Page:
In Search of the Holy Grail
Poseidon jump-started its entry into the rebreather business in 2005 by licensing Bill Stone’s Cis-Lunar technology and has been a major innovator in recreational rebreathers. In 2007 the company introduced its Active Sensor Validation (ASV) system, which automatically validates its primary O2 sensor every five minutes, performs other tests every minute and incorporates a secondary redundant sensor — arguably the first significant innovation in O2 sensing since the Electrolung.
Next the company embarked on a quest to replace its galvanic sensors with more reliable technology. The result is a new optical sensor that uses luminescent quenching. Essentially, an LED light excites the underside of special polymer surface, which is covered with a hydrophobic membrane and exposed to the gas in the breathing loop. A digital color meter then measures the responding change in fluorescence, which is dependent on oxygen tension, and an algorithm calculates the PO2 (see diagram).
“For the past five years my holy grail has been sorting out oxygen sensing,” explained Poseidon CEO Jonas Brandt, who expects their new sensor to last more than 3,000 dive hours. “I feel we’ve succeeded.” The sensor comes calibrated from the factory and requires Poseidon’s M28 dive computer to operate; it cannot be substituted for an analog sensor.
Poseidon is offering its optical sensor and CPOD holder as an offboard sensor that connects to the breathing loop and is powered by Poseidon’s M28 computer.
Stone associate Richard Pyle and a team of ichthyologists at Bishop Museum in Honolulu, Hawaii, have been field testing the new sensors for more than a year and generating copious data that’s being used to refine the sensor’s algorithm. The SE7EN rebreather records 30,000 to 40,000 events per hour. Pyle estimated that they have roughly 1,000 dive hours on the sensors to depths as deep as 500 feet. “The sensor has been incredibly reliable and much more granular than a galvanic cell,” he said. “We had numerous incidents in which the galvanic cells did not agree with the solid-state sensor; in all cases the galvanic cells were wrong.”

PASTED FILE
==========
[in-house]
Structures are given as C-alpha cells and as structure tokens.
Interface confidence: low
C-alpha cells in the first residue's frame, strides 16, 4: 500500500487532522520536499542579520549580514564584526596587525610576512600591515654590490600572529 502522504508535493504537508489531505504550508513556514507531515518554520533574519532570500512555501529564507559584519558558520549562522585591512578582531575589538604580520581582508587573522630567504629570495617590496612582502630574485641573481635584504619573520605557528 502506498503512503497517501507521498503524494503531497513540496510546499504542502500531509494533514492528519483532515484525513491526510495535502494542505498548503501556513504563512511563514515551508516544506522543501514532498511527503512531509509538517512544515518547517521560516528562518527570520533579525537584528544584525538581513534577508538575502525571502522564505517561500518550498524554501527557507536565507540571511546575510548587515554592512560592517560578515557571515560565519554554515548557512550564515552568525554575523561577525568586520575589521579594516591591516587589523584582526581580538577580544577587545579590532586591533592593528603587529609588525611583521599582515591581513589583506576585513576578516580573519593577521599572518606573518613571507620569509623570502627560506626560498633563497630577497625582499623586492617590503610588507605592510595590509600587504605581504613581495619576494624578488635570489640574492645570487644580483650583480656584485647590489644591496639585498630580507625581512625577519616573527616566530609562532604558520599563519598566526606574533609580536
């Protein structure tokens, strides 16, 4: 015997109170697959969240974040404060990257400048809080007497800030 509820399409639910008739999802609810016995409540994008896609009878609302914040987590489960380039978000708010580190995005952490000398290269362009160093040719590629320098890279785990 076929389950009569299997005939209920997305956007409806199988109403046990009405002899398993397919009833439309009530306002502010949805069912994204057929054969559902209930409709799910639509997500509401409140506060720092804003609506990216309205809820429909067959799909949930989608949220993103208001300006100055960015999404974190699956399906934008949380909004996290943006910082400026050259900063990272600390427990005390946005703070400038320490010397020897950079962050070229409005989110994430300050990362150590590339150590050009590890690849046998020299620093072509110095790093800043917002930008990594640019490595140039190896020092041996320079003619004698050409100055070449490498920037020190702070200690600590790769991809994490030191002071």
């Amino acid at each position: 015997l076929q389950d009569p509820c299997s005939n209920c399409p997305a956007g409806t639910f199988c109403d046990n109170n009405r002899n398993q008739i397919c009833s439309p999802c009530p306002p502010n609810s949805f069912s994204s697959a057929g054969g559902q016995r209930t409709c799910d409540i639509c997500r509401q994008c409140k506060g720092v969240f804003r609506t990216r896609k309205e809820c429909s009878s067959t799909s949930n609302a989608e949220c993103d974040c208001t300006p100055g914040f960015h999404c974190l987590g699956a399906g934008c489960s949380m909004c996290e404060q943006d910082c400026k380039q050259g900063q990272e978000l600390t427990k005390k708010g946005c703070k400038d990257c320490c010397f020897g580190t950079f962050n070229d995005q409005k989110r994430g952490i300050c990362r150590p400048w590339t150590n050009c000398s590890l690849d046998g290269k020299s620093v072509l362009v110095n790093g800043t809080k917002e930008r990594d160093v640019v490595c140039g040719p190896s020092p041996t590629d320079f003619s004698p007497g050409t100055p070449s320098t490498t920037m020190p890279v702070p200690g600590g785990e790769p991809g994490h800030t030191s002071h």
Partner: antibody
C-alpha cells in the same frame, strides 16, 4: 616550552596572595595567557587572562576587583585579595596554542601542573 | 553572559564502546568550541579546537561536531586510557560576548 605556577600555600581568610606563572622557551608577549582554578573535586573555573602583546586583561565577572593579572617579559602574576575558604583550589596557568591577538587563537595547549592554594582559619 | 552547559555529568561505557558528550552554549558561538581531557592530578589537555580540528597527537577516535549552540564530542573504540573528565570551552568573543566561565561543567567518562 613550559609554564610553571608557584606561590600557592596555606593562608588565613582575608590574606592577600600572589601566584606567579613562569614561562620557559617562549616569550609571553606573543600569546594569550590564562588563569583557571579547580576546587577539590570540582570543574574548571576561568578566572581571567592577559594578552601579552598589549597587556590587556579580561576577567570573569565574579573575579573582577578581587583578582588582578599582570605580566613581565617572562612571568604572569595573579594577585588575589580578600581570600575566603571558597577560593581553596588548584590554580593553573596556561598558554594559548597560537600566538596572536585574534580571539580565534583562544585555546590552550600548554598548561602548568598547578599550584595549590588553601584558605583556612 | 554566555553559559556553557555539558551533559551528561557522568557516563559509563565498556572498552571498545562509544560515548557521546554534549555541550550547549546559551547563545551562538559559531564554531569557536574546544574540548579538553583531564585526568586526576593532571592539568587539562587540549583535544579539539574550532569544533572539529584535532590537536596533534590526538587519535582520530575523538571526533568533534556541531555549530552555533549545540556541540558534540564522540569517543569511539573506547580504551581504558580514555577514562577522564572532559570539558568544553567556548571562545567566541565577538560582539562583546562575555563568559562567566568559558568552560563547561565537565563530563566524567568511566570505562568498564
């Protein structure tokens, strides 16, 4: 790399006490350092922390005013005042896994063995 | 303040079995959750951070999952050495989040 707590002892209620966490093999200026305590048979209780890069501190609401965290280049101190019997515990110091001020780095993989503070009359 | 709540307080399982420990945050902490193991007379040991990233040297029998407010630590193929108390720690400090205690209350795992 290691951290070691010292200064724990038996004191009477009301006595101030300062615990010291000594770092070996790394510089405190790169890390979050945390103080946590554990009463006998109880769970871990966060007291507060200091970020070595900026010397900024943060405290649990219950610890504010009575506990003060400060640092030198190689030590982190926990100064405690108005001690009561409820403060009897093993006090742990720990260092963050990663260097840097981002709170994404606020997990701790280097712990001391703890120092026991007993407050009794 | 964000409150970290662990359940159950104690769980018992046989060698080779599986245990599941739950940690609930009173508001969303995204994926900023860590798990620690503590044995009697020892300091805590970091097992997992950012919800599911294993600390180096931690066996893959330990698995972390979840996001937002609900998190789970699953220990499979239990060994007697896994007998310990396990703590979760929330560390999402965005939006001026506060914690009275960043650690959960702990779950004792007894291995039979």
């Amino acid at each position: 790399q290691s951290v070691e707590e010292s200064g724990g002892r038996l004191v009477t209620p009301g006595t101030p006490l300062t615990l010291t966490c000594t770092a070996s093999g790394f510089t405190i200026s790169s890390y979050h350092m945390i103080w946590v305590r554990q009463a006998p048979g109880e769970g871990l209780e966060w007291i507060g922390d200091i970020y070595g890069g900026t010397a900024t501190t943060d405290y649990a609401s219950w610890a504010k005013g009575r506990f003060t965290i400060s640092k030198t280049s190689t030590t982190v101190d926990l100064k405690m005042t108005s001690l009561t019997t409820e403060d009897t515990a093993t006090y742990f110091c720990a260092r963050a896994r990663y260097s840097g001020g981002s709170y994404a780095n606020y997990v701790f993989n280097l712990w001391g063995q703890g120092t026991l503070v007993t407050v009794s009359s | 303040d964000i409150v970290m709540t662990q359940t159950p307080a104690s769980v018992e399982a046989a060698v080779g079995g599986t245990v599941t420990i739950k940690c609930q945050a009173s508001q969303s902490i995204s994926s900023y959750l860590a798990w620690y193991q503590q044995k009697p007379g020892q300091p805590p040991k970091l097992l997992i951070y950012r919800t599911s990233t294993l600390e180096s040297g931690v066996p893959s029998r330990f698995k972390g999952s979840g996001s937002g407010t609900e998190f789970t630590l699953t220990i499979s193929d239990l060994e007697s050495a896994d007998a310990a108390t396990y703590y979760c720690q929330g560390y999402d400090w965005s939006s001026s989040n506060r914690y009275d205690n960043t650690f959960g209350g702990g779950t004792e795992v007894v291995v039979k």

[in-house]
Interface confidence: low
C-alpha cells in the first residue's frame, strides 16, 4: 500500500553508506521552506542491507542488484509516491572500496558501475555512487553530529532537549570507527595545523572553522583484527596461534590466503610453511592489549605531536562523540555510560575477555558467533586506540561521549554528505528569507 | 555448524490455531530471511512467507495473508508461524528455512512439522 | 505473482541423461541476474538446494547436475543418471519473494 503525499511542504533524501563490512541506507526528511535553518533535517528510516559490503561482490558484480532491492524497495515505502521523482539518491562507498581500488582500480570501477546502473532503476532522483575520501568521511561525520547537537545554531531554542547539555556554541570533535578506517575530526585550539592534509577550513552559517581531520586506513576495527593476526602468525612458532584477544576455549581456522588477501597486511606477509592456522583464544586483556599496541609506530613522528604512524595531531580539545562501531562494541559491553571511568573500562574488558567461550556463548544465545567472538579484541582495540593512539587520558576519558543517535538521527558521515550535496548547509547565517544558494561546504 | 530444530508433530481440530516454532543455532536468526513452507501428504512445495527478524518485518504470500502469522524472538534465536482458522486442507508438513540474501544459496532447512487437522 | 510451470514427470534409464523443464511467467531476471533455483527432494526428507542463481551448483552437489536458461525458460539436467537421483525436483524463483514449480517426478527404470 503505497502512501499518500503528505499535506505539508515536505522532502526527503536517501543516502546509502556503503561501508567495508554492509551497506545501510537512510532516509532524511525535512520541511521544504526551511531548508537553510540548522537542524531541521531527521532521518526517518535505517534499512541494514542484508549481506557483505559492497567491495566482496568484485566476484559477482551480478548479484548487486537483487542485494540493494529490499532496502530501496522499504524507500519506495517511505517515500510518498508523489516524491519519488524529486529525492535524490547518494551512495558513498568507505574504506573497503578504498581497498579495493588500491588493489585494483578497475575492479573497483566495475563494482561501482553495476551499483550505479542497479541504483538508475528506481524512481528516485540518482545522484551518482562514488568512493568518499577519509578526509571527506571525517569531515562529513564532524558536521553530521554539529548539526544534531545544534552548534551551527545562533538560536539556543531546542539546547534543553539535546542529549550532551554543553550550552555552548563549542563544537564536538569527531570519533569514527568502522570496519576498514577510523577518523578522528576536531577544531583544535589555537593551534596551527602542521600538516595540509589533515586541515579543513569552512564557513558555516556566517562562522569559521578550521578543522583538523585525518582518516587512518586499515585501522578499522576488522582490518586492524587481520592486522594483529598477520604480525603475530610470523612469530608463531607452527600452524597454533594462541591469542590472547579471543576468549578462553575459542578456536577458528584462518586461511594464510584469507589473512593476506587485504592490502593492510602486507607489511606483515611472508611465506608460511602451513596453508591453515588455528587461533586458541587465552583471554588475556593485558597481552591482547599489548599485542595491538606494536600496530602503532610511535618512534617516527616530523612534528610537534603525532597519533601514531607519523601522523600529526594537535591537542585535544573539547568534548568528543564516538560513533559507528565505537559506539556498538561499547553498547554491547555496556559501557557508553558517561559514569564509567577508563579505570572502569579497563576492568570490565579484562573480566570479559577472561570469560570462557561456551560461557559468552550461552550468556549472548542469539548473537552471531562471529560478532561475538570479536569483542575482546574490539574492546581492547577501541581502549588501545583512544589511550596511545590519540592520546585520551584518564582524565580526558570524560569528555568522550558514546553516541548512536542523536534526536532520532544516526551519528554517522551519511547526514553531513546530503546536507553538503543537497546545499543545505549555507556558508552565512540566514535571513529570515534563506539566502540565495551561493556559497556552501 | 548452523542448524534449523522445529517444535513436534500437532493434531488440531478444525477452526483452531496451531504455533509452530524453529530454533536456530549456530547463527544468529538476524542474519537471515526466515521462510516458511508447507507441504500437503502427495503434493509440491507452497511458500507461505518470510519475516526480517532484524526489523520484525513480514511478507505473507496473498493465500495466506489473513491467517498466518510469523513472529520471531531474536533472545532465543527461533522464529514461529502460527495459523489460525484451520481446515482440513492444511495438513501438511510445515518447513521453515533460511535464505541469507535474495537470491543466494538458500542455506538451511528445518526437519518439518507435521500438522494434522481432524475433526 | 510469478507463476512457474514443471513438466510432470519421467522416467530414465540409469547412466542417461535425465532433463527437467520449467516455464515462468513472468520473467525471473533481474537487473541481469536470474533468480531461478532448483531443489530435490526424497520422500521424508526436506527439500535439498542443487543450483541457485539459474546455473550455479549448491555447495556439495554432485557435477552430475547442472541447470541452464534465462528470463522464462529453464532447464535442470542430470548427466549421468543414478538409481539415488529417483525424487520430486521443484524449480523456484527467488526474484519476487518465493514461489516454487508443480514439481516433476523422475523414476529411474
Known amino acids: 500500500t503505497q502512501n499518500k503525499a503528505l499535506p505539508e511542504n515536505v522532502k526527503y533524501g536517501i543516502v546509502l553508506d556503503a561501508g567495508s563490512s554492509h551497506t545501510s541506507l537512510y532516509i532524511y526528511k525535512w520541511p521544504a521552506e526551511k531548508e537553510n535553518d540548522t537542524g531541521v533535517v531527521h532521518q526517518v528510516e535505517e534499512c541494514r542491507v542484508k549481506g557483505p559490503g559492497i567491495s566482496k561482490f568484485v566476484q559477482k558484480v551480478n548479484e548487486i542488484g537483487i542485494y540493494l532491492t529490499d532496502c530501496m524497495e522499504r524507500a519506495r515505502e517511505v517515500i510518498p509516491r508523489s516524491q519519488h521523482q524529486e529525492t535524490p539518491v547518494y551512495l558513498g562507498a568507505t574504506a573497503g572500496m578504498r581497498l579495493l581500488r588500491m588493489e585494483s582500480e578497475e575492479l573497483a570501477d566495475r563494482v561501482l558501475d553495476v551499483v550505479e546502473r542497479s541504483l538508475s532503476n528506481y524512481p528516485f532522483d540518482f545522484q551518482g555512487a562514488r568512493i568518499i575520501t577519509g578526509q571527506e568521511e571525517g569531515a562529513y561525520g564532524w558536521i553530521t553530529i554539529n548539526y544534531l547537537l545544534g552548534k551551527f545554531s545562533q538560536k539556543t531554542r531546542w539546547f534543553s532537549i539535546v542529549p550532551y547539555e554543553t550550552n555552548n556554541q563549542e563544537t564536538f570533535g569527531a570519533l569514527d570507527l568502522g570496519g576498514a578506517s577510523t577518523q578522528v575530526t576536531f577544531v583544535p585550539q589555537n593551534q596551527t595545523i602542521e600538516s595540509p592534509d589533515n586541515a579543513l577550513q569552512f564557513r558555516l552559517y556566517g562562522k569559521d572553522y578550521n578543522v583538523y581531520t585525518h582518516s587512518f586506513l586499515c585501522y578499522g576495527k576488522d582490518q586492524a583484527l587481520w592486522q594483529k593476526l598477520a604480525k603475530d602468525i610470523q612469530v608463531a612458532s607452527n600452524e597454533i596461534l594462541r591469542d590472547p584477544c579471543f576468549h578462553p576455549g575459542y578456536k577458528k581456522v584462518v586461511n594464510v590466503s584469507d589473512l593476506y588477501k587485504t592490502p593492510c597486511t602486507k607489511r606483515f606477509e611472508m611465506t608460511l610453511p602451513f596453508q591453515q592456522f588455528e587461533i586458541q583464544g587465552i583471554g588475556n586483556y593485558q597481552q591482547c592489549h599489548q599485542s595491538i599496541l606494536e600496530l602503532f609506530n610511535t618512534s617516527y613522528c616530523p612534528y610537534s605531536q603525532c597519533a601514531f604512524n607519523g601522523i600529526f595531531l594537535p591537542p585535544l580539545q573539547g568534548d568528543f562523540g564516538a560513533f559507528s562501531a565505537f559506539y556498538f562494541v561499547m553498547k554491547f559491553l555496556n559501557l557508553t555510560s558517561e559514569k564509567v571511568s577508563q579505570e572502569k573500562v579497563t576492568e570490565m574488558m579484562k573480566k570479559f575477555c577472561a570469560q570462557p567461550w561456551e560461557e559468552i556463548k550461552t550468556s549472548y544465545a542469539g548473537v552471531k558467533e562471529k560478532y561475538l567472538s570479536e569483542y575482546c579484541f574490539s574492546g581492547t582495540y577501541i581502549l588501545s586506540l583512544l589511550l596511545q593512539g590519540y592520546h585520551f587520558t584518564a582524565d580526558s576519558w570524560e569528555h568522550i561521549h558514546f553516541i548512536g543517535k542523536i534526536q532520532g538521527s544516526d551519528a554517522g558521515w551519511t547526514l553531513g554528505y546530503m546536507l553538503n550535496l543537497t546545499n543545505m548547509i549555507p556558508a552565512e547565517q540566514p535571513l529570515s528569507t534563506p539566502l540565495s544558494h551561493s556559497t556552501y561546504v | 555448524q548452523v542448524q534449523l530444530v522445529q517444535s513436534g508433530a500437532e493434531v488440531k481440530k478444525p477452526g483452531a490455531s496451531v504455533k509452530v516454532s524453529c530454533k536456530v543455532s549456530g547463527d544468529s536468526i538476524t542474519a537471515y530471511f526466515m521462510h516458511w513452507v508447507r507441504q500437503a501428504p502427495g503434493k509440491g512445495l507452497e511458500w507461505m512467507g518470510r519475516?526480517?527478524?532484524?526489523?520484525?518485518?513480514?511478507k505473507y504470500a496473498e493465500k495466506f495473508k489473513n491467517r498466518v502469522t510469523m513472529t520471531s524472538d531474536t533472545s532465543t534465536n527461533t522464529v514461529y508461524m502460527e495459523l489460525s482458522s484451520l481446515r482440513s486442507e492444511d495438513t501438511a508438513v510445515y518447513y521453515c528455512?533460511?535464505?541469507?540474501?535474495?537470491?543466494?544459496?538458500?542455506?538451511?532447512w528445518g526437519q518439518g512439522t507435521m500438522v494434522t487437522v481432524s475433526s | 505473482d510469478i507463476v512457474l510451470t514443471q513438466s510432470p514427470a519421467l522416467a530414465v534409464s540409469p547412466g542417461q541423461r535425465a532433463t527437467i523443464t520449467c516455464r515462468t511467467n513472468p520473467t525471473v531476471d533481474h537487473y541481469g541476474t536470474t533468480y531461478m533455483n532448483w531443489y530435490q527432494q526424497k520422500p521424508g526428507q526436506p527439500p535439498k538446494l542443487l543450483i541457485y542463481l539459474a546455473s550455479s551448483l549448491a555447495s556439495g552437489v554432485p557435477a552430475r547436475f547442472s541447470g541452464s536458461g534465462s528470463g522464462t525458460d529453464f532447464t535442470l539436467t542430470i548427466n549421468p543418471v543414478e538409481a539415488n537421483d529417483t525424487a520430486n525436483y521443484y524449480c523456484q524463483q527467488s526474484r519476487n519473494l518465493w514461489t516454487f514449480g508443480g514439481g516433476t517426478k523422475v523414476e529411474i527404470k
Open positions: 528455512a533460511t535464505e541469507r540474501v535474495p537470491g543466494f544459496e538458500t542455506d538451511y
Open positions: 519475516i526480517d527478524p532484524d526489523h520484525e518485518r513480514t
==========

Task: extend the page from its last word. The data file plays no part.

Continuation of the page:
Brandt said the company had preorders for about 80 of the $1,495 sensors and CPOD offboard adapters as of March 2017. Poseidon plans to incorporate the new sensor into its ASV system in the next year and is in discussions with at least one other manufacturer interested in licensing the technology.
Polestar’s new sensor is also based on luminescent quenching but features a consumable polymer-sensing strip that must be replaced periodically. The company initially developed the sensor’s chemistry for NASA, which needed a reliable sensor for monitoring space-station gardens. It sells about $1 million of the sensors annually for the bioreactor market and is now adapting them for diving.
“Many industries are converting from electrochemical to optical sensors because of reliability,” said James Kane, Polestar’s vice president of technology and product development.
What Are You Breathing?
What will a rock-solid optical O2 sensor mean for divers? For one thing, they will likely have a single PO2 to monitor instead of three. Whether the sensor will make rebreather divers safer is a more nuanced question. As human factors consultant Gareth Lock explained, “Safety is a systems concept, not a product feature. There is no such thing as a safe rebreather in itself.”
Nevertheless, removing divers’ uncertainty about exactly what they are breathing at any point during the dive can only enhance safety — as will completing their checklists.